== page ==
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May 20, 2021 5:41 pm

ADL Records ‘Dangerous and Drastic Surge’ of Antisemitism During Latest Israel-Hamas Conflict

avatar by Algemeiner Staff

A pro-Palestinian vigilante in Skokie, Illinois defaces the entrance of the Persian Hebrew Congregation with a ‘Free Palestine’ sign. Photo: Skokie PD.

The Anti-Defamation League (ADL) on Tuesday released preliminary data indicating an “uptick” in antisemitic incidents linked to the latest conflict between Israel and Hamas.

A study by the ADL’s Center on Extremism of social media over the past 11 days of conflict between Israel and Palestinian terror groups showed that antisemitic invective was widespread throughout the Internet.

“ADL has documented disturbing antisemitism on multiple platforms — from Facebook and Twitter to TikTok and Instagram – with messages including explicit praise for Hitler, promoting tropes about Jewish control and demonizing all Jews,” a statement from the Jewish civil rights group said. “Extreme antisemitic and anti-Zionist content can be found across a wide variety of channels calling for the destruction of the Jewish state, including posts that state: ‘GAS THE KIKES RACE WAR NOW.'”

The ADL highlighted that it had “received more reports of possible antisemitic incidents since the conflict broke out in Israel, with 193 reports in the week after the crisis began, up from 131 the previous week.”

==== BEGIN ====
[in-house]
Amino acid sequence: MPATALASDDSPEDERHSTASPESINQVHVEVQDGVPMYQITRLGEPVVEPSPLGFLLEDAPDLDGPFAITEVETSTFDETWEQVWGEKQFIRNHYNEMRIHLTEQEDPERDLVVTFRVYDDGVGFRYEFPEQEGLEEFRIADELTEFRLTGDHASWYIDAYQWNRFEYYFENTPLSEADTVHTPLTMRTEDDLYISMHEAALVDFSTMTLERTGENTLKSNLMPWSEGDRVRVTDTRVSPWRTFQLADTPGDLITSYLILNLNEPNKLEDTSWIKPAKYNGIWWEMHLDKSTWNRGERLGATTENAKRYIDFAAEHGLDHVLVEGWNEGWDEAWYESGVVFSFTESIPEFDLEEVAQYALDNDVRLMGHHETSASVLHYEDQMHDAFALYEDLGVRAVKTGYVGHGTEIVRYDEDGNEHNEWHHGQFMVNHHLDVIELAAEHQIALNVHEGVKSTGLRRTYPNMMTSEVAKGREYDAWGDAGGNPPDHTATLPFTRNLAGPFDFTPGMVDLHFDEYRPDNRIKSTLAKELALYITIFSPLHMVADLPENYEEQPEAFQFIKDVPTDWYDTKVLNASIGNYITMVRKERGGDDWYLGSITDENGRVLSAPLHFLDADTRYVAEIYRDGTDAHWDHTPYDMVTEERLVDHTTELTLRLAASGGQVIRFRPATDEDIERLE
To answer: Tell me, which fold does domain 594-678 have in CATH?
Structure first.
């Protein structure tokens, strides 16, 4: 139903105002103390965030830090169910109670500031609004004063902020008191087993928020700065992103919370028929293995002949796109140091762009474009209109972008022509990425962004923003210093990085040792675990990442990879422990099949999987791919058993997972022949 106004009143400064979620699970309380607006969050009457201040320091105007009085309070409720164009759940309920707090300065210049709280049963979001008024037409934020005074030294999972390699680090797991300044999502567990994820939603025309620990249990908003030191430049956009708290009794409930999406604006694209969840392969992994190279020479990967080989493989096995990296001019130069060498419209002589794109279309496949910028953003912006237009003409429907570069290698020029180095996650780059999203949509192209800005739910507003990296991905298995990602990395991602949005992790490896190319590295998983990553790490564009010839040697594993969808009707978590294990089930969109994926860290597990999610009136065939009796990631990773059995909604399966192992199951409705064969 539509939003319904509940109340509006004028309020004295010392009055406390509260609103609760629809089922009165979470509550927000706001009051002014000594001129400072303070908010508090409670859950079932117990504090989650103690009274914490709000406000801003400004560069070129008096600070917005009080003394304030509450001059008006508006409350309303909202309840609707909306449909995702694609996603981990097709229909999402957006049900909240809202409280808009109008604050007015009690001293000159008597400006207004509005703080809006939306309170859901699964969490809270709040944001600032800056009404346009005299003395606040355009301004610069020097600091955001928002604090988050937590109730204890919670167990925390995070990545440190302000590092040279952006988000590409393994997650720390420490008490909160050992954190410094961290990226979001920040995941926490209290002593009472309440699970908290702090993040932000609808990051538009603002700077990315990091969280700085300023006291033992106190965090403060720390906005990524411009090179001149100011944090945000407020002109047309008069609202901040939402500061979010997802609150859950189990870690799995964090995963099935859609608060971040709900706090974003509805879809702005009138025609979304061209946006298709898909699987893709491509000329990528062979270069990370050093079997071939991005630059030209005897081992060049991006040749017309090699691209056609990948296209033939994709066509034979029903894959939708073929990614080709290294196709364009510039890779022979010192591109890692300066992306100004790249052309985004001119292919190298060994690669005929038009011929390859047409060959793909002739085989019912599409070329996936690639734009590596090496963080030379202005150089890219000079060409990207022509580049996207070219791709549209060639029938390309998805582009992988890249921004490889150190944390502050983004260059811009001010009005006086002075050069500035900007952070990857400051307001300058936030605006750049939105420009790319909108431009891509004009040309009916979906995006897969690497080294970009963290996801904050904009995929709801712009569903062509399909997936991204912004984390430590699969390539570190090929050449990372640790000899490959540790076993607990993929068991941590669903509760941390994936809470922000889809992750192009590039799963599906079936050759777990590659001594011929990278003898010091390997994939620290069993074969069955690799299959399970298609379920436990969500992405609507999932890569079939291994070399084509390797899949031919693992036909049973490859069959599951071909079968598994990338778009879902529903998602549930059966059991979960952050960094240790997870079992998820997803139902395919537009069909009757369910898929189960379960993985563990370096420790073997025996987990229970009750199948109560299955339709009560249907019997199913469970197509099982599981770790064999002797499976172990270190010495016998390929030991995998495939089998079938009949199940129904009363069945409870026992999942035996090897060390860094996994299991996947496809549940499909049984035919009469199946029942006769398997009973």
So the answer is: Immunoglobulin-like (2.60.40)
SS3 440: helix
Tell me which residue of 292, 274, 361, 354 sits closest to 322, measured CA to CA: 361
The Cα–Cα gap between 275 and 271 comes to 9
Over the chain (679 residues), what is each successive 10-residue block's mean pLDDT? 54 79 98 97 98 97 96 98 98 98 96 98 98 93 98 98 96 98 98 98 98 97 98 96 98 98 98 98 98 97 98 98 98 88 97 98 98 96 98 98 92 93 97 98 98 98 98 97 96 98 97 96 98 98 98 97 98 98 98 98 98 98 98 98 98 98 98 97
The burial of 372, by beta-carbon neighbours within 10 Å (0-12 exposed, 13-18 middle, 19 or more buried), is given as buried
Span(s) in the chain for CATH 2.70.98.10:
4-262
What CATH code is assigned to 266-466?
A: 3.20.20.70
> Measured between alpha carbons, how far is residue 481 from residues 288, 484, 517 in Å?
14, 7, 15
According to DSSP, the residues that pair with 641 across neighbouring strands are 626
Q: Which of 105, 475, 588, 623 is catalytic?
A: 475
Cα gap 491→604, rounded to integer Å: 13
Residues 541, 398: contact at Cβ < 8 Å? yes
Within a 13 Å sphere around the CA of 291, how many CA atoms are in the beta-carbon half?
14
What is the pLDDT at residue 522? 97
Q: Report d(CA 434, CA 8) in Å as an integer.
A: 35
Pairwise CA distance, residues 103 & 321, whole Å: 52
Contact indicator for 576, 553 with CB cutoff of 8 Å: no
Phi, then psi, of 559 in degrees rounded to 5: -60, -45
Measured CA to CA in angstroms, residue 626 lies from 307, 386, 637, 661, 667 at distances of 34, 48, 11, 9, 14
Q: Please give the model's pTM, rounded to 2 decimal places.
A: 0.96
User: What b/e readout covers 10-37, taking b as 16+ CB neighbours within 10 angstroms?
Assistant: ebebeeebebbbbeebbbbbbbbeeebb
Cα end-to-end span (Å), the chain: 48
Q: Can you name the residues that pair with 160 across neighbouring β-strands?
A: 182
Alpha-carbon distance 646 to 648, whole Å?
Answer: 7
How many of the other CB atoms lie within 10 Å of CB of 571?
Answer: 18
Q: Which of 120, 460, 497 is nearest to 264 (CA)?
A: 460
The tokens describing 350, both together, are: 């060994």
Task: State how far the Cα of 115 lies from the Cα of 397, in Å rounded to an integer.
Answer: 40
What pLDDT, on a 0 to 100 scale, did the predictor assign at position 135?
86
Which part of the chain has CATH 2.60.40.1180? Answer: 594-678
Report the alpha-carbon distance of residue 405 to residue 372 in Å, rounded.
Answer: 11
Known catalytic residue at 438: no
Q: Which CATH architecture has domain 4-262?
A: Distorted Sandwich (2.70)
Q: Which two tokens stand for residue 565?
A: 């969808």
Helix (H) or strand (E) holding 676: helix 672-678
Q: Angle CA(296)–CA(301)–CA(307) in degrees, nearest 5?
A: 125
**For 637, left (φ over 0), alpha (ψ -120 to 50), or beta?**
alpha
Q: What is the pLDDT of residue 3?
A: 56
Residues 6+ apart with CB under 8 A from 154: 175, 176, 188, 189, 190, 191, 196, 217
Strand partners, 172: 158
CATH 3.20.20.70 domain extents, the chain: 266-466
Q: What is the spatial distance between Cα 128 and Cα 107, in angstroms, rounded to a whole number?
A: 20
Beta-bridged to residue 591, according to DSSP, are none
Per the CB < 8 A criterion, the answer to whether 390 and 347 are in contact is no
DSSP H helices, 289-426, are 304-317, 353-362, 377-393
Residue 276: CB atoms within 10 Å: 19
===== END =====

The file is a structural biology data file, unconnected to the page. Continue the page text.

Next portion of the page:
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ADL CEO Jonathan Greenblatt remarked that with the renewed conflict in the Middle East, there had been a “dangerous and drastic surge in anti-Jewish hate right here at home.”

Antisemitic tropes were also displayed by some participants at pro-Palestinian demonstrations around the US, the ADL noted. It referenced specifically a rally outside a synagogue in Skokie, Illinois, where participants chanted “From the river to the sea, Palestine will be free,” as well as a violent physical assault on Jewish diners outside a Los Angeles restaurant by pro-Palestinian thugs.

“To those who choose to indulge in age-old antisemitic tropes, exaggerated claims and inflammatory rhetoric, it has consequences: attacks in real life on real people targeted for no other reason than they are Jewish,” said Greenblatt. “This is antisemitism, plain and simple. And it’s indisputably inexcusable in any context.”

Separately, the umbrella organization representing Jewish groups in the US called for greater adoption of the International Holocaust Remembrance Alliance definition of antisemitism, in order to counter Israel-related hatred of Jews.

“Under the broadly accepted definition of antisemitism developed by the  IHRA, which has been adopted by the United States and more than thirty other countries around the world, ‘holding Jews collectively responsible for actions of the State of Israel’ constitutes antisemitism,” the statement from the Conference of Presidents (CoP) declared. “We reiterate the importance of the widespread adoption of the definition, in order to help stem the wave of Jew-hatred in America, and across the world.”

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